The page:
Treatment of varicose veins of the spermatic cord

Improves semen parameters and restores fertility

Varicocele is an affliction that affects up to 10-15% of men. They are more common in young men, but can manifest themselves at any age. The condition is characterized by dilatation and twisting of the venous vessels of the vascular plexus. Untreated varicocele causes pain and leads to lower semen parameters. They are also one of the most common causes of male infertility.

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Why do varicose veins of the spermatic cord form?

The cause of the formation of varicocele is the specific anatomical structure of the testicular veins in the male body. Responsible for the drainage of blood from the testicles, the venous vessels are arranged in what is known as a “threadlike plexus. These vessels pass through the inguinal canal and then unite in the abdominal cavity to form the right and left testicular veins. The first of these veins enters the inferior vena cava. The second, on the other hand, enters the renal vein at a right angle. It is at this point that blood flow is disrupted, resulting in the formation of varicocele.

Another cause of varicocele is the failure or complete absence of venous valves. As a result, blood flows in the opposite direction than it should – it retreats from the abdominal cavity, flowing into the left testicle. As a result, the venous vessels begin to successively dilate and twist, resulting in varicose veins of the spermatic cord. Their formation can also be promoted by compression of the left testicular vein by the aorta and superior mesenteric artery.

What are the symptoms of varicocele?

  • Varicose veins of the scrotal plexus are primarily manifested by pain, swelling and a feeling of heaviness in the scrotal sac. This is related to blood stasis in the venous plexus.
  • Another characteristic symptom is fertility disorders. The process of spermatogenesis, i.e. the formation of new sperm, occurs at a temperature about 1.5 °C lower than body temperature. Varicocele, on the other hand, causes an increase in temperature in the scrotum, resulting in reduced sperm quality and infertility. Varicocele is diagnosed in about 40% of infertile men.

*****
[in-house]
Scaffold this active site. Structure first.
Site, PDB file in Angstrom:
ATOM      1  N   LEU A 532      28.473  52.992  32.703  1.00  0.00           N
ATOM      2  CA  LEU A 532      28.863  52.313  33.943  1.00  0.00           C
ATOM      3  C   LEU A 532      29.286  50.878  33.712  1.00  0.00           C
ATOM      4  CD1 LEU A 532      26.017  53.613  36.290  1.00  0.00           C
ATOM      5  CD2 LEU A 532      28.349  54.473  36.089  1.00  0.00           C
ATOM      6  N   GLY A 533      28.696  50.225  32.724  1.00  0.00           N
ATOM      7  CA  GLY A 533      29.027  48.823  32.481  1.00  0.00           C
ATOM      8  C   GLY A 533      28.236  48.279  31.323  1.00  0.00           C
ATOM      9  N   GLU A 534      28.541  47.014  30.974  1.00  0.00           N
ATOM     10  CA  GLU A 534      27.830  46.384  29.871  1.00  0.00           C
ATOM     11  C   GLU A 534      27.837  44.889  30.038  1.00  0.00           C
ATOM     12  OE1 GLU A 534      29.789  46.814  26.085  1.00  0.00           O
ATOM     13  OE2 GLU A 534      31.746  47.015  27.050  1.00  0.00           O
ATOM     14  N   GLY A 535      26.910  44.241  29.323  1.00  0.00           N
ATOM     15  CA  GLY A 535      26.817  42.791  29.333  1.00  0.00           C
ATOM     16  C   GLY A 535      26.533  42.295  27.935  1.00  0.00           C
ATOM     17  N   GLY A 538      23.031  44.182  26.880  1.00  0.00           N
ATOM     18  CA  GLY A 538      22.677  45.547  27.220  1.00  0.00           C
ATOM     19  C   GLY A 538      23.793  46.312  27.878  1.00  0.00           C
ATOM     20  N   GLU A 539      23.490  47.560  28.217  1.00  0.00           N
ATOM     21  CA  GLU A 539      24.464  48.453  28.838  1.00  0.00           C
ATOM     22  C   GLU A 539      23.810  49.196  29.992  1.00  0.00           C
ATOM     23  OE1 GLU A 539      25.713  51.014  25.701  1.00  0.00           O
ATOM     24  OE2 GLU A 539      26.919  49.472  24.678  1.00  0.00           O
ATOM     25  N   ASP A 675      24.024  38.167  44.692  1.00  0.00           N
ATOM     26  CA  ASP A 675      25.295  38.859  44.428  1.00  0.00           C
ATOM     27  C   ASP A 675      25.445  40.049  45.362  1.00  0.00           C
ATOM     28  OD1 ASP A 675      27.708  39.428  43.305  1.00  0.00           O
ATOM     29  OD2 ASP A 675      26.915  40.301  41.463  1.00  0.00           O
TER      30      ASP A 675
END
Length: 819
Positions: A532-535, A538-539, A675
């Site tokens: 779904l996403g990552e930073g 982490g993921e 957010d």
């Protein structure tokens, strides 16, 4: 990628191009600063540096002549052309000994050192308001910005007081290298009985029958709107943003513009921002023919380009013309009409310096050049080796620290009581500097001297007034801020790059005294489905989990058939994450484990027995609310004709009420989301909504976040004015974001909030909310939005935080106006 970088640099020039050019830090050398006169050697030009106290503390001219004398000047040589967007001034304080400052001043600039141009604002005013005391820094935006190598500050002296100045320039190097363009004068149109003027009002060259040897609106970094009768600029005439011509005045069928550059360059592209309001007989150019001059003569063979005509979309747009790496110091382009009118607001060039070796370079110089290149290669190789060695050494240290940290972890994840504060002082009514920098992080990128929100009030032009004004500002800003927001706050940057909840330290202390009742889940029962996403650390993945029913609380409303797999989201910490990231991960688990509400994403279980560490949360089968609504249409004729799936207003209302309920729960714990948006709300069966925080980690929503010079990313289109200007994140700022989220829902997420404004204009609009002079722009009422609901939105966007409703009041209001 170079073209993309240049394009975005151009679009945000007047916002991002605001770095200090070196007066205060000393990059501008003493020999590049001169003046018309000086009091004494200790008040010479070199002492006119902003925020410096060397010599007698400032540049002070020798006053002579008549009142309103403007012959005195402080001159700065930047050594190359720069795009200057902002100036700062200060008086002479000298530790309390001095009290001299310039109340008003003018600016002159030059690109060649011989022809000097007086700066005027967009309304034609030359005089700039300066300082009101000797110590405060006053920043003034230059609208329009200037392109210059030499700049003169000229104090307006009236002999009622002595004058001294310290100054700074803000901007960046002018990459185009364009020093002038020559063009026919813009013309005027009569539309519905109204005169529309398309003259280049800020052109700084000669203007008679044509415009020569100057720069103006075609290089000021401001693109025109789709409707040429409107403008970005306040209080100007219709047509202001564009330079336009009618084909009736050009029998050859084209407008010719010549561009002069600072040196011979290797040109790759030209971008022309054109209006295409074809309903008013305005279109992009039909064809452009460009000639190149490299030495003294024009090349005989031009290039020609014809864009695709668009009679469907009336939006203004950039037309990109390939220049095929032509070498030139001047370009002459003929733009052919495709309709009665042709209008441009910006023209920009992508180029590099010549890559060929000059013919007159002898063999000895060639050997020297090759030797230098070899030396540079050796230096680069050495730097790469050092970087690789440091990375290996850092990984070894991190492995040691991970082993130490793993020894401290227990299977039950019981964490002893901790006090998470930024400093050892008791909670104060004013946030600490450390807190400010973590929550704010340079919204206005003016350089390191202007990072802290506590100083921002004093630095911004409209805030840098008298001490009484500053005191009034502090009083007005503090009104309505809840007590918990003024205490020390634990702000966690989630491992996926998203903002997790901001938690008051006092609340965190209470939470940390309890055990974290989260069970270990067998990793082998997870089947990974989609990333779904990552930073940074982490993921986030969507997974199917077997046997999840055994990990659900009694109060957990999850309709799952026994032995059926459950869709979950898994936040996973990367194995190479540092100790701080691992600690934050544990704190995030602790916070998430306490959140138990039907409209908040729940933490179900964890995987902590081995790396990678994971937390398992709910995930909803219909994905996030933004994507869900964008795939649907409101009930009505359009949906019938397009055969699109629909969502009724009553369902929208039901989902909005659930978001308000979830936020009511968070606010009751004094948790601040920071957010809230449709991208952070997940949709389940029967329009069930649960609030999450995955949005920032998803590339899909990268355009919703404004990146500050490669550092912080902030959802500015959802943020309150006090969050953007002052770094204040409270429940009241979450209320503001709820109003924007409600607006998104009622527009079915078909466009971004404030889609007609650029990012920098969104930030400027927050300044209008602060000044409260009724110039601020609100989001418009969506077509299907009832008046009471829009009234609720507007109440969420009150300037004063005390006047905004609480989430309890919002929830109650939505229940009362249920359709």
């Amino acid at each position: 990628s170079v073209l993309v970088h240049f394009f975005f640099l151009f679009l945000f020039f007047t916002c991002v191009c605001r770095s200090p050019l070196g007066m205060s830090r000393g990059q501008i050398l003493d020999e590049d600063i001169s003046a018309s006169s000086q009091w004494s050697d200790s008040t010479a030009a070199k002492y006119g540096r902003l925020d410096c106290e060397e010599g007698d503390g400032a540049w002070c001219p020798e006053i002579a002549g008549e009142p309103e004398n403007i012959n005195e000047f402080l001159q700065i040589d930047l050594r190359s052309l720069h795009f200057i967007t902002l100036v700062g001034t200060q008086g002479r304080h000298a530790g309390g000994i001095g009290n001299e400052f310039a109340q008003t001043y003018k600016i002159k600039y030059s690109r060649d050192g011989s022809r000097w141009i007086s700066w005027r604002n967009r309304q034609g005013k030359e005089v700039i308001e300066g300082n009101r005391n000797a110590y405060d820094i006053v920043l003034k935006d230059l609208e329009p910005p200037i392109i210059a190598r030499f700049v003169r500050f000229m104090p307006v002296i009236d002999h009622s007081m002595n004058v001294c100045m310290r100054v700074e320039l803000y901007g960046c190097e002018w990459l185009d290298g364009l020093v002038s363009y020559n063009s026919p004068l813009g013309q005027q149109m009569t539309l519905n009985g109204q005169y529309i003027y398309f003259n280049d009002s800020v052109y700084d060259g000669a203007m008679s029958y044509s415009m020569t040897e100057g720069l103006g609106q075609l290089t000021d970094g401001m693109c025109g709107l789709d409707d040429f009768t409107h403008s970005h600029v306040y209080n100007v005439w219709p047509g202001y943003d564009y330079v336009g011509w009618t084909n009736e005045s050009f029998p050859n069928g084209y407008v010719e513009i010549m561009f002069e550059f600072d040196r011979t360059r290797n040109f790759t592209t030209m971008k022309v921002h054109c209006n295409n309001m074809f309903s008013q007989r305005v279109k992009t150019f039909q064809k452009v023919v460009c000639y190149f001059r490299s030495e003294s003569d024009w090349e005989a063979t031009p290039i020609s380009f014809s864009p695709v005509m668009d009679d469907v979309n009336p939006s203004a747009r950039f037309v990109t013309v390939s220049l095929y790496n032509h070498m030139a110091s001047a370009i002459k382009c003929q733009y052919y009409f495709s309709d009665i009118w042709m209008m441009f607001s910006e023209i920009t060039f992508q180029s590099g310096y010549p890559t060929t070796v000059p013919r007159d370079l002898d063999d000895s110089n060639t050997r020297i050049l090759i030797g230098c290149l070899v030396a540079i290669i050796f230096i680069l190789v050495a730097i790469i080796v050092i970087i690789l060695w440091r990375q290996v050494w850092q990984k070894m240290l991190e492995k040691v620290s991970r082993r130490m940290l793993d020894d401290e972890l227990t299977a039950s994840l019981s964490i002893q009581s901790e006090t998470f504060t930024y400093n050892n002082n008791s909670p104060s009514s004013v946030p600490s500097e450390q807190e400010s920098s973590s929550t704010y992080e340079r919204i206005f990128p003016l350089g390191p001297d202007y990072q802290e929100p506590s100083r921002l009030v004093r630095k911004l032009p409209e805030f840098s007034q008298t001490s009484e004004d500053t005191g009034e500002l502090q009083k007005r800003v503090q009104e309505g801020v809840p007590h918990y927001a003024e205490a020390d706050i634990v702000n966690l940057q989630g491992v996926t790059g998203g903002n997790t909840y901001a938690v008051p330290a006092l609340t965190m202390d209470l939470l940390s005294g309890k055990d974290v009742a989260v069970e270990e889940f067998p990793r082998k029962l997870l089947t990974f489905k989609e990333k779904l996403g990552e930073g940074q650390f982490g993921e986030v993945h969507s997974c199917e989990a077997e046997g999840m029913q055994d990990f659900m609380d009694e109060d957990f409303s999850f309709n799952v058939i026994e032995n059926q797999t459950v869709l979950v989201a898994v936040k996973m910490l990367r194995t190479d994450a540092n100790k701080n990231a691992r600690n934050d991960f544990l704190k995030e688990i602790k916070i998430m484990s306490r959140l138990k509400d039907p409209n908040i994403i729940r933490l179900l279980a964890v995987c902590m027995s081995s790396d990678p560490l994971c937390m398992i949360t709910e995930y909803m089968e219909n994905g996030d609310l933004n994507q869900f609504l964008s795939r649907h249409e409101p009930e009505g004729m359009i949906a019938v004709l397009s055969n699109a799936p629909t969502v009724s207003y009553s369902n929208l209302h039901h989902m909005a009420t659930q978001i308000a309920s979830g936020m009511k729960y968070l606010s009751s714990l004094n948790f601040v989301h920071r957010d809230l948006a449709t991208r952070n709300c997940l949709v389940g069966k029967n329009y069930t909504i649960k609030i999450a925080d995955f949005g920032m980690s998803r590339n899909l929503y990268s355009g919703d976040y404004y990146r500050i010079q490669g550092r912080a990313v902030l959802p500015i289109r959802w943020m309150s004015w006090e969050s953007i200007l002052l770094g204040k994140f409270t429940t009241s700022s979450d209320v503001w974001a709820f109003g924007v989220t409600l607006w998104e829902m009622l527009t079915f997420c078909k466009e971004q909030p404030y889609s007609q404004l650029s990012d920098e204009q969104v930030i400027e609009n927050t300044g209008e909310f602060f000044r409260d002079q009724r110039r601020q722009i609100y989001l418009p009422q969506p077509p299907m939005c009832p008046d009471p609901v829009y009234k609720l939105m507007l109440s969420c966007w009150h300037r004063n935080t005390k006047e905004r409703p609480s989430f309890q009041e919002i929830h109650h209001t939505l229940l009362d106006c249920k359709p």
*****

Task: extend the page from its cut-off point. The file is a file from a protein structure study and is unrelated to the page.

• Advanced varicose veins of the seminal vagina may also be accompanied by so-called atypical varicose veins in the legs. They arise from venous leaks from the scrotal sac to the extremities, known as extremity venous leaks.

What is the diagnosis of varicocele?

Diagnosis and treatment of varicocele are handled by urologists. The basis for diagnosis of the condition is a medical history and physical examination consisting of observation of the testicles and palpation. The diagnosis is supplemented by Doppler ultrasound of the scrotal sac with evaluation of venous flows.

There are 3 stages of seminal varicose veins:

Grade 0 – subclinical seminal varicose veins

Grade 1 – varicose veins are palpable only with abdominal muscle tension

Grade 2 – varicose veins are palpable on palpation but not visible

Grade 3 – varicose veins are clearly visible through the scrotal sac

What is laparoscopic treatment of varicocele?

Several surgical techniques are used to treat varicose veins of the seminal vagina, including classic open, microsurgical and laparoscopic surgery, as well as an endovascular embolization procedure.

AtGyncentrum, we perform surgery for varicose veins of the seminal vagina using the minimally invasive laparoscopic method. The procedure is performed at Gyncentrum Hospital, in an operating room setting, under general anesthesia.

Laparoscopic surgery requires three small incisions through which the doctor introduces a camera and surgical instruments into the peritoneal cavity. The procedure involves ligating the pathological vessels and then cutting the vein that is the source of the varicose veins. After the procedure, sutures and a dressing are placed at the site of the incisions. The procedure takes about 1 hour. The same day the patient can leave the hospital. Recuperation after laparoscopic surgery is quick. Within a few days after the procedure, the patient can return to normal activities.

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